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20 Cards in this Set

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What are the signs and symptoms of flaccid dysarthria?
Weakness-reduced force of muscle contraction and range of individual + repet. movements, reduced reflexes, atrophy, fasciculations (only seen with LMN lesions)
What are the most common causes of flaccid dysarthria?
physical trauma, brainstem stroke, myasthenia gravis, gullain-barre syndrome, polio, tumors, muscular dystrophy, progressive bulbar palsy
What is progressive bulbar palsy?
a type of ALS that mostly affects LMN's
What is bell's palsy?
irritation of facial nerve that can cause weakness to facial muscles
What are the most common speech production errors of 30 individ with FD?
hypernasal, imprecise consonants, breathiness(continuous), monopitch, nasal emission, audible, inspiration, harsh vocal quality, short phrases, monoloudness
What are the Upper Motor Neuron Pathways?
the direct activation pathways and the indirect
What is the direct activation pathway?
it projects from the cortex to the corticobulbar (cranial nerves) and corticospinal (spinal nerves) tracts project and end in the frontal lobes including the primary and pre motor cortices and supplementary motor areas
What is the indirect activation pathway?
a critical pathway from regulating reflexes and maintaining posture, muscle tone and associated activities that provide framework for skilled movementa
What is the indirect activation pathway 2?
it projects from the cortex with numerous synapses before reaching cranial and spinal nerves, it interweaves with the direct activation pathways
What are the confirmatory signs of Spastic Dysarthria?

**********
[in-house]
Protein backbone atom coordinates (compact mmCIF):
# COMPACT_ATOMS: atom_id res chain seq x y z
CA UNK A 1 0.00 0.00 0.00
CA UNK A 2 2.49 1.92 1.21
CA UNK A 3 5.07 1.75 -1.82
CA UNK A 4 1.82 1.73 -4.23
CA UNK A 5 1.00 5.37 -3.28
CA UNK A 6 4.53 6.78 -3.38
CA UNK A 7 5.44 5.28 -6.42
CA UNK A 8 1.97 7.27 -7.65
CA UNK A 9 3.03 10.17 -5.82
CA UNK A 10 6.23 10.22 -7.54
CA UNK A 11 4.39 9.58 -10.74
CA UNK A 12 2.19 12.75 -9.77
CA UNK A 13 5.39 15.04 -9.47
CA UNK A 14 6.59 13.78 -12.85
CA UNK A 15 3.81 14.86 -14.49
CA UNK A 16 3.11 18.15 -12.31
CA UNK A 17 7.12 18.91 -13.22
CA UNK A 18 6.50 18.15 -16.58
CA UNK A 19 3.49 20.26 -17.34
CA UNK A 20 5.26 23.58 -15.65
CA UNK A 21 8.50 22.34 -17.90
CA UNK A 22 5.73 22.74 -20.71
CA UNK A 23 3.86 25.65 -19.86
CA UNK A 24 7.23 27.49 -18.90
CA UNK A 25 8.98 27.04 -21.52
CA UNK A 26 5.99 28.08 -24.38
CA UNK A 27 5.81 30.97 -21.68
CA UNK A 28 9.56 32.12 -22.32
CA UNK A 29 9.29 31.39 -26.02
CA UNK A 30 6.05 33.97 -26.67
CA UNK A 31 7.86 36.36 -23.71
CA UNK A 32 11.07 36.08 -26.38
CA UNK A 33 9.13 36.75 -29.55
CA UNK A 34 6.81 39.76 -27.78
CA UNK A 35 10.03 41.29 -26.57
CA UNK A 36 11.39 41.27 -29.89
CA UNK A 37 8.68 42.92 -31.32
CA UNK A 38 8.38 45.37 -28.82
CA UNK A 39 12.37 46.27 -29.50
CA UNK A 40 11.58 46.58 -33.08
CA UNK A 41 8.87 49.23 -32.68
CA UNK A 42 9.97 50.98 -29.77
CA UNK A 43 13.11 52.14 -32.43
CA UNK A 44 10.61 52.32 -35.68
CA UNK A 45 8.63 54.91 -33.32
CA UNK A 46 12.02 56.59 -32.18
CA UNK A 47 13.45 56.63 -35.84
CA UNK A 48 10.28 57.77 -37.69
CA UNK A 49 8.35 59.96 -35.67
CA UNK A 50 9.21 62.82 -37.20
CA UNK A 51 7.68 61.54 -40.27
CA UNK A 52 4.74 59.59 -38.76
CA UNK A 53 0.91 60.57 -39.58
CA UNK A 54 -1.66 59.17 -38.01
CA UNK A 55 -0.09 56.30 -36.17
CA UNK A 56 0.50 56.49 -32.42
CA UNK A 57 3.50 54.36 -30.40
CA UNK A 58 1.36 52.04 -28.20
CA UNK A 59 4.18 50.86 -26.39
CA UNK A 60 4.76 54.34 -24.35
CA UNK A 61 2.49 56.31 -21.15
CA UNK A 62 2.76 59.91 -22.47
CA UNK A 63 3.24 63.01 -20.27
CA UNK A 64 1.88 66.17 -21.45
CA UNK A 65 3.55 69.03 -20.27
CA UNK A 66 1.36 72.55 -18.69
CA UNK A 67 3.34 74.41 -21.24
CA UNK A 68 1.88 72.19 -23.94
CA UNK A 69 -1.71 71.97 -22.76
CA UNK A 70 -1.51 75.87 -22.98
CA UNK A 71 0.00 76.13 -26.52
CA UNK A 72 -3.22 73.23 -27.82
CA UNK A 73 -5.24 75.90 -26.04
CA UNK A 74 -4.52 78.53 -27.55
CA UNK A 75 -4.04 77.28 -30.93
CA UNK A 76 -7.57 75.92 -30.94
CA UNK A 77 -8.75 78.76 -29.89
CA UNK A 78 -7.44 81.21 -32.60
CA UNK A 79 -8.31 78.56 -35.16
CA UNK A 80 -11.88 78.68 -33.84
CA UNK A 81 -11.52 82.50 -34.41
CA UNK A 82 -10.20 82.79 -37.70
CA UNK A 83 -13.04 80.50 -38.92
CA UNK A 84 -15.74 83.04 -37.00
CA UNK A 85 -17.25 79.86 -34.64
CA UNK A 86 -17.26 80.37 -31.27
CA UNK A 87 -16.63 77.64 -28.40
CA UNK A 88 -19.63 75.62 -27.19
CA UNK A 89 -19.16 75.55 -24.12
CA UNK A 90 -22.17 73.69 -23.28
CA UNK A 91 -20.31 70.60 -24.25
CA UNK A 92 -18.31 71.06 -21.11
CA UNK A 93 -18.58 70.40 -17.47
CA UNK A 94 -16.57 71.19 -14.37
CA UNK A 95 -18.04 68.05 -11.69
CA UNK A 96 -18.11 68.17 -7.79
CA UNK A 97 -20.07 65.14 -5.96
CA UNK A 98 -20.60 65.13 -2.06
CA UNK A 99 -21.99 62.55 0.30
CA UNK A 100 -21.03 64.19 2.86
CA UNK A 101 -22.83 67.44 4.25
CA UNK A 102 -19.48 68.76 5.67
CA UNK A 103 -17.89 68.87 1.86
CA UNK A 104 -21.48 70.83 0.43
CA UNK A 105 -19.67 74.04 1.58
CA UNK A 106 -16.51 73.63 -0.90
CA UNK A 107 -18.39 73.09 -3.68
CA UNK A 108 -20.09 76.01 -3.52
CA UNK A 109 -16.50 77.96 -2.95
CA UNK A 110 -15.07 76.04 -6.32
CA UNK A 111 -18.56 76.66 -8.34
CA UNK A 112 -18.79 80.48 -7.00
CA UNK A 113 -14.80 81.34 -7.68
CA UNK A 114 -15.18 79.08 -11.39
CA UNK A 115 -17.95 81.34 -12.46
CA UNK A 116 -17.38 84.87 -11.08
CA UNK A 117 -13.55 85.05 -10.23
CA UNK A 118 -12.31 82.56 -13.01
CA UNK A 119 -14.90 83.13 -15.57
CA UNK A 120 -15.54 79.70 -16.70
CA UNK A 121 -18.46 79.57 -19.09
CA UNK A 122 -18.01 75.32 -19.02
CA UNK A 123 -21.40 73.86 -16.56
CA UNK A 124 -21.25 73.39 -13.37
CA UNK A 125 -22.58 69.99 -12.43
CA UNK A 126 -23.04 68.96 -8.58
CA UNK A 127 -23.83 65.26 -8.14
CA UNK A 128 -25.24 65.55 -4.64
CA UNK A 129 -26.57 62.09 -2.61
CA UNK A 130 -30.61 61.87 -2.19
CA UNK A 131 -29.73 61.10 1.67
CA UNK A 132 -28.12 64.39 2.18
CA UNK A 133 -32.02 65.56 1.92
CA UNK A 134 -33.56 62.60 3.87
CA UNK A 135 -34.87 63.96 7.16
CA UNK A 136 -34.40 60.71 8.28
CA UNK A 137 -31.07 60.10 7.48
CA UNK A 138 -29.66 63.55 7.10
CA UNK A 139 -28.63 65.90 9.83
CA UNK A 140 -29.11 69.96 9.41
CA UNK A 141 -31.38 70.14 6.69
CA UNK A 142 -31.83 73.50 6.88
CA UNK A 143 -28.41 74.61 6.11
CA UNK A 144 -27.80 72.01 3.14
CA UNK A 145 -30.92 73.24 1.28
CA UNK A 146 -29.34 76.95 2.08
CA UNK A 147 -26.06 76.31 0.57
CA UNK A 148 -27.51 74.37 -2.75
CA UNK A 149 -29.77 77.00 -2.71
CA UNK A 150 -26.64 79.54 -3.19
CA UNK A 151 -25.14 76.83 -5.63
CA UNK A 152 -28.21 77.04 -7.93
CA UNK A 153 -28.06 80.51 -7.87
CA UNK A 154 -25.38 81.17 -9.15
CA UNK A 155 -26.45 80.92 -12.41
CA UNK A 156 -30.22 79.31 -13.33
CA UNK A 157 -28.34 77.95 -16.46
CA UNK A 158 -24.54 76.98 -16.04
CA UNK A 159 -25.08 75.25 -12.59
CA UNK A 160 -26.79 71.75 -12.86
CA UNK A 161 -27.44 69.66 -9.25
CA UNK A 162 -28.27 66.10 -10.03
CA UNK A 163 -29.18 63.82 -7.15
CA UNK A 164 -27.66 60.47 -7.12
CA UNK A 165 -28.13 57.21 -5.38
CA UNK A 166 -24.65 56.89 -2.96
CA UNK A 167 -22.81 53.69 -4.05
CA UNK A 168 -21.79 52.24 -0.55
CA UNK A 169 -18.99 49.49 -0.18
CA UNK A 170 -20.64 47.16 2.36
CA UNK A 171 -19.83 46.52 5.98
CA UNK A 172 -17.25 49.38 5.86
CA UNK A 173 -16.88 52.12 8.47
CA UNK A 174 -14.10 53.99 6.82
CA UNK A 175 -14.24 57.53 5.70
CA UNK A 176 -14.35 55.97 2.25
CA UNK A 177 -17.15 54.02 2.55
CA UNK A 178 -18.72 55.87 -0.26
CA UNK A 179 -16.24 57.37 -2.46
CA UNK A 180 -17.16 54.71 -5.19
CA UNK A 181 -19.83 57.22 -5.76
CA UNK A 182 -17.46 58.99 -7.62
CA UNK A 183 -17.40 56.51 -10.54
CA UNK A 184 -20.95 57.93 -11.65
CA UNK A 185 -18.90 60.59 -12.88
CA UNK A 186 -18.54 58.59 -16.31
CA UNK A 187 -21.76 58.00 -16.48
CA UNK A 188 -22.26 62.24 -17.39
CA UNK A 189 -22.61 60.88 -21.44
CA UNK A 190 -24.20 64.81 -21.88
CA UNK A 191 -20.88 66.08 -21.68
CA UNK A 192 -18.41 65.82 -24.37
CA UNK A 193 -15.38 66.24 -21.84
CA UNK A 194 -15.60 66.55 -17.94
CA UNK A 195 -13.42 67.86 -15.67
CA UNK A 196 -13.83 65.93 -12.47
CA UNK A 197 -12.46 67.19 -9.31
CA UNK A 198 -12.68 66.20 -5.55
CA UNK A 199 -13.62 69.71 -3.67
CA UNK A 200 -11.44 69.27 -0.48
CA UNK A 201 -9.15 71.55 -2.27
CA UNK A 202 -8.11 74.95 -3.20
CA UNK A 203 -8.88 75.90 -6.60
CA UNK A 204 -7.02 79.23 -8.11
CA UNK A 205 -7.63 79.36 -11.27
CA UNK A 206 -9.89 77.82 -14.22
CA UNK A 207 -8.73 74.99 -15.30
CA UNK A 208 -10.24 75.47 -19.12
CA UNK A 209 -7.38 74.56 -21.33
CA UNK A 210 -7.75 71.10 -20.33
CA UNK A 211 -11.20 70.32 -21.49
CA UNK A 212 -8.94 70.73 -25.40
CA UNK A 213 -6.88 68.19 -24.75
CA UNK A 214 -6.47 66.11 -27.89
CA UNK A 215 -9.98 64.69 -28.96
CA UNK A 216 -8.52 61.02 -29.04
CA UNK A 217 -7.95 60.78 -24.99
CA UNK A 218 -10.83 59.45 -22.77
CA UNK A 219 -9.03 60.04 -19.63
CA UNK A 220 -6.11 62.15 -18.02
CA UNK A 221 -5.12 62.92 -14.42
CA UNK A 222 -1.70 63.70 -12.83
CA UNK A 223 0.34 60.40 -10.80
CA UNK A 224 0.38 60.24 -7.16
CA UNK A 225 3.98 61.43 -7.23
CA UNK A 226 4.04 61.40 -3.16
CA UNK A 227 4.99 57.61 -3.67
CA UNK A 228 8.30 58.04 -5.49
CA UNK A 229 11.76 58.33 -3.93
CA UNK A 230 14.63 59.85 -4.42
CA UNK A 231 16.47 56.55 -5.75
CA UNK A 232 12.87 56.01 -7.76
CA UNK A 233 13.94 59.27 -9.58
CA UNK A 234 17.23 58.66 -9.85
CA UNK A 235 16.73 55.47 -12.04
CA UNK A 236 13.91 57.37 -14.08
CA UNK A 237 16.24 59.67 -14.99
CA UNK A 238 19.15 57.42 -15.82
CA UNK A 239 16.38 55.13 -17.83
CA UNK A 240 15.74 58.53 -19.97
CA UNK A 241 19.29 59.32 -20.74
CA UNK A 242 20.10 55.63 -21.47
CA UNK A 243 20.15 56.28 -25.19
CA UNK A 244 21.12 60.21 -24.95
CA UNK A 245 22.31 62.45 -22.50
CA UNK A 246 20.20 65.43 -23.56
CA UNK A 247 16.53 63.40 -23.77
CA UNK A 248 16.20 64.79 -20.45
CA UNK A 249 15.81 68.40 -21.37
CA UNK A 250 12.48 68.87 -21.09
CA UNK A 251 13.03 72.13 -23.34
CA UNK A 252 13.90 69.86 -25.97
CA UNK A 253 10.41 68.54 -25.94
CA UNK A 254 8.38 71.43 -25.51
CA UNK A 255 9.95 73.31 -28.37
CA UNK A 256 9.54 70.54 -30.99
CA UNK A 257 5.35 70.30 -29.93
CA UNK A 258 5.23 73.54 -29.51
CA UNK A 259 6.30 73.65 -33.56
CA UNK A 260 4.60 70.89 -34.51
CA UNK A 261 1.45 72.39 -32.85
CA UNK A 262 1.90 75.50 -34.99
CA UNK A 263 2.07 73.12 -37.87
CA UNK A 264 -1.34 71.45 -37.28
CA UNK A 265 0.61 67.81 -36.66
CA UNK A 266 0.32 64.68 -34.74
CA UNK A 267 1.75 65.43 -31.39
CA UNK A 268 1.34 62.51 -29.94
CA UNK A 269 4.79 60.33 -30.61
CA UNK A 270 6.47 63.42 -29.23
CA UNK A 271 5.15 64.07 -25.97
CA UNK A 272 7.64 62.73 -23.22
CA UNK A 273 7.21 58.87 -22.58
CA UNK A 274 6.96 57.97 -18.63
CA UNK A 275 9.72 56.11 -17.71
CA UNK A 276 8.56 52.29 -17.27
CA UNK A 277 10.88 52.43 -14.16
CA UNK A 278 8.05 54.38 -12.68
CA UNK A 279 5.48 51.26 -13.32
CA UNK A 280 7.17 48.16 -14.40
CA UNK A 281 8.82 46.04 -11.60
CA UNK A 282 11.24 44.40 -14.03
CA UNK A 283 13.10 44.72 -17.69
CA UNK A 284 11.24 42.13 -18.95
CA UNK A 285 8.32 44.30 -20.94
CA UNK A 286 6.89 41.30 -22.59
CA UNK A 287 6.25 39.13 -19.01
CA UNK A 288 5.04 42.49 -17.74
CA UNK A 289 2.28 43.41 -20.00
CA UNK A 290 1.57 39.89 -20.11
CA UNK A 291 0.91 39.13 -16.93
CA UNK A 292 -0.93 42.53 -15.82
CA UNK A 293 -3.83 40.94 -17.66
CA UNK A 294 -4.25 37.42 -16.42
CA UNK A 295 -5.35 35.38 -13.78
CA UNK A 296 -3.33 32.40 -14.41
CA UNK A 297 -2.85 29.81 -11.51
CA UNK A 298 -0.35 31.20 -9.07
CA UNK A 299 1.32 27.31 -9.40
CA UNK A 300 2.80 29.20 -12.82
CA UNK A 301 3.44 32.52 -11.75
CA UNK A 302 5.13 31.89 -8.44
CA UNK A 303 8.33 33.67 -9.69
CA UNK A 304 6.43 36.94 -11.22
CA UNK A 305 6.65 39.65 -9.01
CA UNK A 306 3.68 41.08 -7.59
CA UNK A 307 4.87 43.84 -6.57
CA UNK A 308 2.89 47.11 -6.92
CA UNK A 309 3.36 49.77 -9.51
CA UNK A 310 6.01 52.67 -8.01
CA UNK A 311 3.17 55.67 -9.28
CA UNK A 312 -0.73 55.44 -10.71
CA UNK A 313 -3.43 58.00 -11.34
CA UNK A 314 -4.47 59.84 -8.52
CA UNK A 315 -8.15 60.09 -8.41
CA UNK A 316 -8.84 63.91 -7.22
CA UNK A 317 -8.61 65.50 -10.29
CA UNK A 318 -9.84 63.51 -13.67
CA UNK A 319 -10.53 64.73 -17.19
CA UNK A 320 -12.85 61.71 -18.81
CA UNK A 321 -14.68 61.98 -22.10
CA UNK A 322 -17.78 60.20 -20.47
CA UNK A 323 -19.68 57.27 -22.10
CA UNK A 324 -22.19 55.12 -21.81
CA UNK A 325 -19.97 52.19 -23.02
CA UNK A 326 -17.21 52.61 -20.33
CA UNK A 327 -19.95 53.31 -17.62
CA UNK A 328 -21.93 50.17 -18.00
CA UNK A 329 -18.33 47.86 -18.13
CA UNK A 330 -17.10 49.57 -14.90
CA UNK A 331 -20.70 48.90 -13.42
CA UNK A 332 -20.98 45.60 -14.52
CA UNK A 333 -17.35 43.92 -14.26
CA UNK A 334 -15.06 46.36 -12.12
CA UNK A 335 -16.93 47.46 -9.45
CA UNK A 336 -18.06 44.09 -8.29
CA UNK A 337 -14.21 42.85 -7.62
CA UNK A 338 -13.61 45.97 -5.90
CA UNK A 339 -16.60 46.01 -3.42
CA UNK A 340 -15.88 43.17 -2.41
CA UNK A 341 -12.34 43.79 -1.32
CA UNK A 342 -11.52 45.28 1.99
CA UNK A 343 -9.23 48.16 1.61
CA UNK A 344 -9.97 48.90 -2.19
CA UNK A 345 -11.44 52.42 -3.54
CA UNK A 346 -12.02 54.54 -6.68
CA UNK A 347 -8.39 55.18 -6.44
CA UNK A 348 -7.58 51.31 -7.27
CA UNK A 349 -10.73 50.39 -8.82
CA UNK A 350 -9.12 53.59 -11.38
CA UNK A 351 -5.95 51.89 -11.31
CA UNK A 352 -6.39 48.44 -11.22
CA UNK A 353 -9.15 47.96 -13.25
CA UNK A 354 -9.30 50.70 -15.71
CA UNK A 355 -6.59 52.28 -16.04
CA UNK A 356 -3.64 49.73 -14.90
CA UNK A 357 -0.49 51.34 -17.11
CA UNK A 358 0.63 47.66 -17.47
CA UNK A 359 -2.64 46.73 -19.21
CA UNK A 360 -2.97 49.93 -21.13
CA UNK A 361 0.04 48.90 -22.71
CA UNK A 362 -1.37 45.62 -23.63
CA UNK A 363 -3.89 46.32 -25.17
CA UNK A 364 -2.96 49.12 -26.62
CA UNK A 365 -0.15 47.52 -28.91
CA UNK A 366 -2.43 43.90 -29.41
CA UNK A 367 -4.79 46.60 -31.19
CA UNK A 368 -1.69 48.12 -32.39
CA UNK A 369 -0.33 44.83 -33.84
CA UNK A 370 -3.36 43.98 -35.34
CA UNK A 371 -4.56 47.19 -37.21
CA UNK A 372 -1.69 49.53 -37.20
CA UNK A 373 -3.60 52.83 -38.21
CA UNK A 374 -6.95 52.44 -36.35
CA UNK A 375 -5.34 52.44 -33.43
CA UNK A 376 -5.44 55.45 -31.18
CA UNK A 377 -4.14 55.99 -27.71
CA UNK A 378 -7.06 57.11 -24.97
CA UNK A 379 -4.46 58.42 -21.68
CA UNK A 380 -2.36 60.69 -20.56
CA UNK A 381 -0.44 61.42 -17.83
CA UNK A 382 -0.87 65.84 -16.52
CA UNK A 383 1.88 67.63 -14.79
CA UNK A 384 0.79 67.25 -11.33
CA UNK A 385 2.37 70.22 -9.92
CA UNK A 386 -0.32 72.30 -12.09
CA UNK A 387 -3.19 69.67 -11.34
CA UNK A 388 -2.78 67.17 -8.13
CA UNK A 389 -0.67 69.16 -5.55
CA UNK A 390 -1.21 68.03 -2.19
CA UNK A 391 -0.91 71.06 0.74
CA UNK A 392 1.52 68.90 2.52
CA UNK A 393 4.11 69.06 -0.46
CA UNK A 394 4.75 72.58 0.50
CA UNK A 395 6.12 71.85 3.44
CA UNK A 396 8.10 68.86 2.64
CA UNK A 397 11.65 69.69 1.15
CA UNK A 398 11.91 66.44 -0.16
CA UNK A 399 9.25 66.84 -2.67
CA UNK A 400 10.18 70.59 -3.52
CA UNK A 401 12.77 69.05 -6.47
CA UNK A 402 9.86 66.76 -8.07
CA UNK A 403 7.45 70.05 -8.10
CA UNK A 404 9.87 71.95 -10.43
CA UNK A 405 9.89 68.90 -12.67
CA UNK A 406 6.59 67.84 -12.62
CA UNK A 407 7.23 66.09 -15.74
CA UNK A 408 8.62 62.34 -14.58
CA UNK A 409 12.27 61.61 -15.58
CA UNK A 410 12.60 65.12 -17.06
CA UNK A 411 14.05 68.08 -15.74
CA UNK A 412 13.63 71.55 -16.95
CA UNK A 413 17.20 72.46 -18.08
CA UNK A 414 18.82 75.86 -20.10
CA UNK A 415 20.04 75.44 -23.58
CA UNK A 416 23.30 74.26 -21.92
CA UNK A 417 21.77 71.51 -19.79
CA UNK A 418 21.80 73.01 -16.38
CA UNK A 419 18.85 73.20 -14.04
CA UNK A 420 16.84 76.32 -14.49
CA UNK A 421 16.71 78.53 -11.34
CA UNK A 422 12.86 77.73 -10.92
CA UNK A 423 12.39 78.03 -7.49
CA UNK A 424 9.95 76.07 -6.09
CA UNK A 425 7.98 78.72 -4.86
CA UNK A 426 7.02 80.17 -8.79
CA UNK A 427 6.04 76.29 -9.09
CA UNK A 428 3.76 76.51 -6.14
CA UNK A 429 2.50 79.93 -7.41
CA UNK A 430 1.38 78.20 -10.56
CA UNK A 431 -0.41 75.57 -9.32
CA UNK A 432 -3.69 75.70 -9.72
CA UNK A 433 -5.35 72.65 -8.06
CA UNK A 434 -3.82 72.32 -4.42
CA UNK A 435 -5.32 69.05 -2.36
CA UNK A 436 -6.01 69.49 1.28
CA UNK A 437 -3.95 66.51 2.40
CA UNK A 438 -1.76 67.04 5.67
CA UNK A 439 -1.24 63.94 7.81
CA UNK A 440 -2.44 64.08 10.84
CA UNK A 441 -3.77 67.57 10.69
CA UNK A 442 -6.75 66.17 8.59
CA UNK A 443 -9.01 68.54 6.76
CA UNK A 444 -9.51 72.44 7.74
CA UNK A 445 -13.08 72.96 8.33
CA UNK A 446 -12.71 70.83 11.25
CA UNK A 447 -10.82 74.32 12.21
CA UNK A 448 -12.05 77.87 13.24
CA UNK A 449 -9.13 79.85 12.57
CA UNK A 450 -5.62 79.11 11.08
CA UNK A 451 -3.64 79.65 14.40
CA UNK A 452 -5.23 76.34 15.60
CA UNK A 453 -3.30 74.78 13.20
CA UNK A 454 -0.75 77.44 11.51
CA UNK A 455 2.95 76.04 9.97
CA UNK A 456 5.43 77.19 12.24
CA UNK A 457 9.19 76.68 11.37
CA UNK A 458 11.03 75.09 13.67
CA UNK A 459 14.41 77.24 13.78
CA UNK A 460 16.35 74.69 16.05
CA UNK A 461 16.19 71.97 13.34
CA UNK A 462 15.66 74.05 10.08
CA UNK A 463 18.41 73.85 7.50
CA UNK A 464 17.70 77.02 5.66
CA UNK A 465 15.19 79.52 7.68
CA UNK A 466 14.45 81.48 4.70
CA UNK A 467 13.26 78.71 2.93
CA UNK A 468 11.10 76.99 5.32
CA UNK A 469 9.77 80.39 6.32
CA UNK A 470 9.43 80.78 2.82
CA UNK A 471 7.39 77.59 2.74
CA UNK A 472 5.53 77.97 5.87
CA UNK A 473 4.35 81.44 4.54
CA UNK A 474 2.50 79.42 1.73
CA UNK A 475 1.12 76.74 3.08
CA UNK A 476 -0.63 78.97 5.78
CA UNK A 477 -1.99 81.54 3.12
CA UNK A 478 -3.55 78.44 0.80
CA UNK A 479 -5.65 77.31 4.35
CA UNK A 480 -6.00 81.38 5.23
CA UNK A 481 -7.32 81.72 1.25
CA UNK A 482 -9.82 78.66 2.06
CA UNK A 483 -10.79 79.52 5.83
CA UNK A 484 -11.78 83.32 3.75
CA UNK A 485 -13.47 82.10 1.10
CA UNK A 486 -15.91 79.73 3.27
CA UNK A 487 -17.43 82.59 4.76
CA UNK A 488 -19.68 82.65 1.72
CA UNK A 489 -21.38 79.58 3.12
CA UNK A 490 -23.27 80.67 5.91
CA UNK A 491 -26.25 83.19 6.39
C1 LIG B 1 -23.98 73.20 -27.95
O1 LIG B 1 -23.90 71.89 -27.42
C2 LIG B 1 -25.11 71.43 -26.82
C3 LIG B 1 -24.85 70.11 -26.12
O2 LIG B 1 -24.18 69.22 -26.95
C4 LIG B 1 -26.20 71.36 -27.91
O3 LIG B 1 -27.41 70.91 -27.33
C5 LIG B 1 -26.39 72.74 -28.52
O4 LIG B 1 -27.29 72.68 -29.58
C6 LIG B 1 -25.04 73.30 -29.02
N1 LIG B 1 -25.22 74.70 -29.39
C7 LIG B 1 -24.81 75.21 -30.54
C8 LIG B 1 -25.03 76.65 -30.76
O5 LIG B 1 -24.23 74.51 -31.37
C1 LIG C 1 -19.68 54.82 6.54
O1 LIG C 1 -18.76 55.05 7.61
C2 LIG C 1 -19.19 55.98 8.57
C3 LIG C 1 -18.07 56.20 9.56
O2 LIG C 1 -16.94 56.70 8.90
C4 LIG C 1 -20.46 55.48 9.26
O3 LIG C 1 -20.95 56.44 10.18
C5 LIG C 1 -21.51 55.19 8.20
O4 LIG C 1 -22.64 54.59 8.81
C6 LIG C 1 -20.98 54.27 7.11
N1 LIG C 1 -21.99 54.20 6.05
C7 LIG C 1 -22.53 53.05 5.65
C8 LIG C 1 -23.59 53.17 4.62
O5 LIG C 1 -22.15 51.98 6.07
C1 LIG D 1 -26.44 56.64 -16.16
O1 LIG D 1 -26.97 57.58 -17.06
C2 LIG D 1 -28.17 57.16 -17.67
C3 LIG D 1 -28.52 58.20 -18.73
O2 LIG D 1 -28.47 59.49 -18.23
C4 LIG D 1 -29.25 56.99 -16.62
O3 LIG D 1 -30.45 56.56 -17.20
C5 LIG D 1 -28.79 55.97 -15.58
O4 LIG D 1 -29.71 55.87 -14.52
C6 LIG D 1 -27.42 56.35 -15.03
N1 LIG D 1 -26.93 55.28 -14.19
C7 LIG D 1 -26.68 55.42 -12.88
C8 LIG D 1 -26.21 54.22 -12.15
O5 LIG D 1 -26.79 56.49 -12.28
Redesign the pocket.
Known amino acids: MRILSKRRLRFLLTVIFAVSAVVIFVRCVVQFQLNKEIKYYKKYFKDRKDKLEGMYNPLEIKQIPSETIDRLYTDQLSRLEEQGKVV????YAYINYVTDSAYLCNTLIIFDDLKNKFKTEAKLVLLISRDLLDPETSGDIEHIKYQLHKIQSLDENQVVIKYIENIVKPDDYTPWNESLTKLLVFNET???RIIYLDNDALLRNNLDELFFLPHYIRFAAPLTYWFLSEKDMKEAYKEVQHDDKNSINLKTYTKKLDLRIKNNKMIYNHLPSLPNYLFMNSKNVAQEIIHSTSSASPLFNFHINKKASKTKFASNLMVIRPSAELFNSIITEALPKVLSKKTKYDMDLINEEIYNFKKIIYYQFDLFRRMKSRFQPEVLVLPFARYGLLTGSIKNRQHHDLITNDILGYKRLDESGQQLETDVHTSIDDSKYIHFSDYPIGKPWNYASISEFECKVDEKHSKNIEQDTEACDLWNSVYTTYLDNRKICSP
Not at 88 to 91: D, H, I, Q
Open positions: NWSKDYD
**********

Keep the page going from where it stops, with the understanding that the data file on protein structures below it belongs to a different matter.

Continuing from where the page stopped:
paresis/spasticity of other body parts, hyperactive reflexes (e.g. gag), pathologic reflexes (e.g. suck, babinski), dysphagia, drooling, pseudobulbar affect (unable to control emotion, crying, etc.) results in bilateral UMN dysfunction
What is Spastic Dysarthria?
a perceptually distinct motor speech disorder resulting from bilateral damage to the UMN's (pyramidal and extrapyramidal systems) which results in imprecise articulation, monotonous pitch and loudness, harsh voice, poor prosody, stiff muscles with limited ROM
What is the neurological basis of SD?
increased muscle tone of spasticity in various muscles of the vocal tract, results in weakness, reduced range of motion, decrease fine motor control, cause by bilateral damage to UMN's
What are UMN's?
they are part of the CNS and originate in the cortex and brainstem, they are grouped into the pyramidal and extrapyramidal , UMN's are divided into corticobulbar and spinal tracts
What is the pyramidal system?
UMN's of the pyramidal system originate in the primary motor cortex and course down to the LMN's with then innervate muscles, UMN's are responsible for transmitting discrete skilled movements to the LMN's; damage results in weakness and slowness of speech mechanism
What is the extrapyramidal system?
complex network of pathways, has numerous interconnections throughout the brain (red nucleus and reticular formation)
What does damage to the extrapyramidal system cause?
increased muscle tone, abnormal reflexes, ROM limited
What are the 3 requirements for spastic dysarthria?
bilateral damage, damage to the UMN's, damage to the pyramidal and extrapyramidal systems
What speech areas are most effected by SD?
laryngeal muscles (hyperadduction) and velum (can have hypernasality but no nasal emission, tend to have low pitch, slow rate speech
What can cause SD?
Stroke, TBI, Multiple Sclerosis, brainstem tumor, cerebral anoxia, viral or bacterial infections, Binswanger's subcortical encephalopathy, inflammatory disease
What are the speech characteristics of SD?
laryngeal-strainedstrangled, harshess, decreased pitch and loudness variability, decreased pitch, pitch breaks, and voice stoppages, short phrases, decreased rate, prolonged phonemes and intervals, short phrases, excess/equal stress, slow/regular AMR's